Damien Hirst spent ten years and millions of pounds funding the salvage of treasures from a ship which sank 2,000 years ago. Or he may have cast them at an English foundry, thrown them in the sea and retrieved them once they were encrusted in coral. Whatever the truth is, his first new body of work in years is being launched next month in Venice amid great expectation as Treasures from the Wreck of the Unbelievable.
A spectacular dining set given to the Duke of Wellington to celebrate his victory over Napoleon is to go on on display for the first time.
Visitors to Apsley House, Wellington's London home, will be able to see part of the collection of 400 gilded pieces set out on the dining room table in the Waterloo Gallery.
The Saatchi Gallery has commissioned 10 emerging British artists to work with the latest in phone technology to produce photographs for its new exhibition. Artists including Chris Levine, who hit the headlines when he made a holographic portrait of the Queen in 2004, will take part in the show From Selfie to Self-Expression.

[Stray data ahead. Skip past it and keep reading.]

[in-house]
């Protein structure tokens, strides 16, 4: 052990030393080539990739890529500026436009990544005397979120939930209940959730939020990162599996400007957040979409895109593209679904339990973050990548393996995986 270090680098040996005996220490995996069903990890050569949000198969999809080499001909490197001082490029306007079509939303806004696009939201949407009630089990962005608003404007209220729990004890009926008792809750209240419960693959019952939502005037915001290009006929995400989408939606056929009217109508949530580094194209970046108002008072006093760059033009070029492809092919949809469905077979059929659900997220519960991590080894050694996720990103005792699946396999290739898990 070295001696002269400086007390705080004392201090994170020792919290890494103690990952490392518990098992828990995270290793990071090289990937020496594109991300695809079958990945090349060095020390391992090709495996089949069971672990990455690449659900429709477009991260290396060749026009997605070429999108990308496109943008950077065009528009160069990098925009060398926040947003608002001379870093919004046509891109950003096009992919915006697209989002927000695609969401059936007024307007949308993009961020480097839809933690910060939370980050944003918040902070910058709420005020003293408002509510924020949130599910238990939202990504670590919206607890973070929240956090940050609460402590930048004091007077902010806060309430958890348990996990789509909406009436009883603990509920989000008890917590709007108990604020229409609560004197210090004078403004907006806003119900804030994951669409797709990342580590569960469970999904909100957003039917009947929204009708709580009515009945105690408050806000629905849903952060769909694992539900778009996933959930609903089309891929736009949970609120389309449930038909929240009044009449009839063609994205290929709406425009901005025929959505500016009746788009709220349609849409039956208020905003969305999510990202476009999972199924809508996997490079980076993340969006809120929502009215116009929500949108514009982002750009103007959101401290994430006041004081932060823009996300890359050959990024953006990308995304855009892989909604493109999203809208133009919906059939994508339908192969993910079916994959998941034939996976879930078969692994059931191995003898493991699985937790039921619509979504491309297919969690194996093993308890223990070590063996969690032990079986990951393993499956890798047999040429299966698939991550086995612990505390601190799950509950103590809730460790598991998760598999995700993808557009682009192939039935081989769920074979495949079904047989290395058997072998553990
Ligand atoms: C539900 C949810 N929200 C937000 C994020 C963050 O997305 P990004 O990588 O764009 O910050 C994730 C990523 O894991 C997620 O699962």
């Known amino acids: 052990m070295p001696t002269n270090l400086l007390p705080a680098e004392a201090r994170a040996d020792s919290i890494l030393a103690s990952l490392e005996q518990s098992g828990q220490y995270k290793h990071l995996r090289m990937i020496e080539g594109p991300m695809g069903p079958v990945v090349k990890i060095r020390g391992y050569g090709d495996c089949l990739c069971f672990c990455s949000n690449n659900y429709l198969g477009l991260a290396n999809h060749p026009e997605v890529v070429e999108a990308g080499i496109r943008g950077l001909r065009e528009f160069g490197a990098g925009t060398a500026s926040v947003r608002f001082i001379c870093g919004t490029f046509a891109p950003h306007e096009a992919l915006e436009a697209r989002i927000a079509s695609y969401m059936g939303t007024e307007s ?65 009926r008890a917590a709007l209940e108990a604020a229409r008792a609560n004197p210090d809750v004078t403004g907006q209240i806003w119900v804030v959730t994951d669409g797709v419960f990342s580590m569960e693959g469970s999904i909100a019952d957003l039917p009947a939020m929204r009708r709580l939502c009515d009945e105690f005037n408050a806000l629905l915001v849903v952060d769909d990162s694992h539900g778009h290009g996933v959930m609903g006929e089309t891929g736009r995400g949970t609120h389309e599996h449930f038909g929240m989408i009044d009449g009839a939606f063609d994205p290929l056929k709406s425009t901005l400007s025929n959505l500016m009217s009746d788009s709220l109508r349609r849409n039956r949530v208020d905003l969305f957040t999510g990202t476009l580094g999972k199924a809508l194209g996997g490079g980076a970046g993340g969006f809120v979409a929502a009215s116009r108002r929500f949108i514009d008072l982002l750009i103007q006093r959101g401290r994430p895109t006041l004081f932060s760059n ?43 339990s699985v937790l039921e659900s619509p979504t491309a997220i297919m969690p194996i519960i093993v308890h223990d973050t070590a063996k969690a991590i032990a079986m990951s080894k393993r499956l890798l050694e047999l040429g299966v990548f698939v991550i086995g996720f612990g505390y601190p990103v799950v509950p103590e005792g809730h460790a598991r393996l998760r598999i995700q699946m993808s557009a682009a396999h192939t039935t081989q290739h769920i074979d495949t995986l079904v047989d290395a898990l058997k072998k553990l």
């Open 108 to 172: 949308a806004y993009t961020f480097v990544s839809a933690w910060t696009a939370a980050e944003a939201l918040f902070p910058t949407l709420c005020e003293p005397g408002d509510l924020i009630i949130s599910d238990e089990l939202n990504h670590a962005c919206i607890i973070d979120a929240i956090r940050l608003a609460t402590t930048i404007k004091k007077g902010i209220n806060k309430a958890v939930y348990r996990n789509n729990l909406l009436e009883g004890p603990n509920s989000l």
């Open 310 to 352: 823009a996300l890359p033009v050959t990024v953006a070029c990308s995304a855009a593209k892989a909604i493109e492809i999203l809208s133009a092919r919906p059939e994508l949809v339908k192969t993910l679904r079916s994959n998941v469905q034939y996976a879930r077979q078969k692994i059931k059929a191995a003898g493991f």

A documentary called The man who stole two Van Goghs has recently aired on Dutch national television which includes the confession Octave Durham aka The Monkey who broke into the Van Gogh Museum in Amsterdam in 2002. Despite pleading not guilty, the art thief served a 25 months sentence in jail and has been legally prohibited from setting inside the museum again! The two priceless early works, View of the Sea at Scheveningen (1882) and Congregation leaving the Reformed Church in Nuenen (1882-84) were the pieces stolen.
Pigasso is a pig that was saved from a slaughterhouse now spends her days creating artworks that sell for up to $2,000 (£1,600). She first started painting in October last year and now has her own art gallery, with art collectors describing her pieces as "abstract".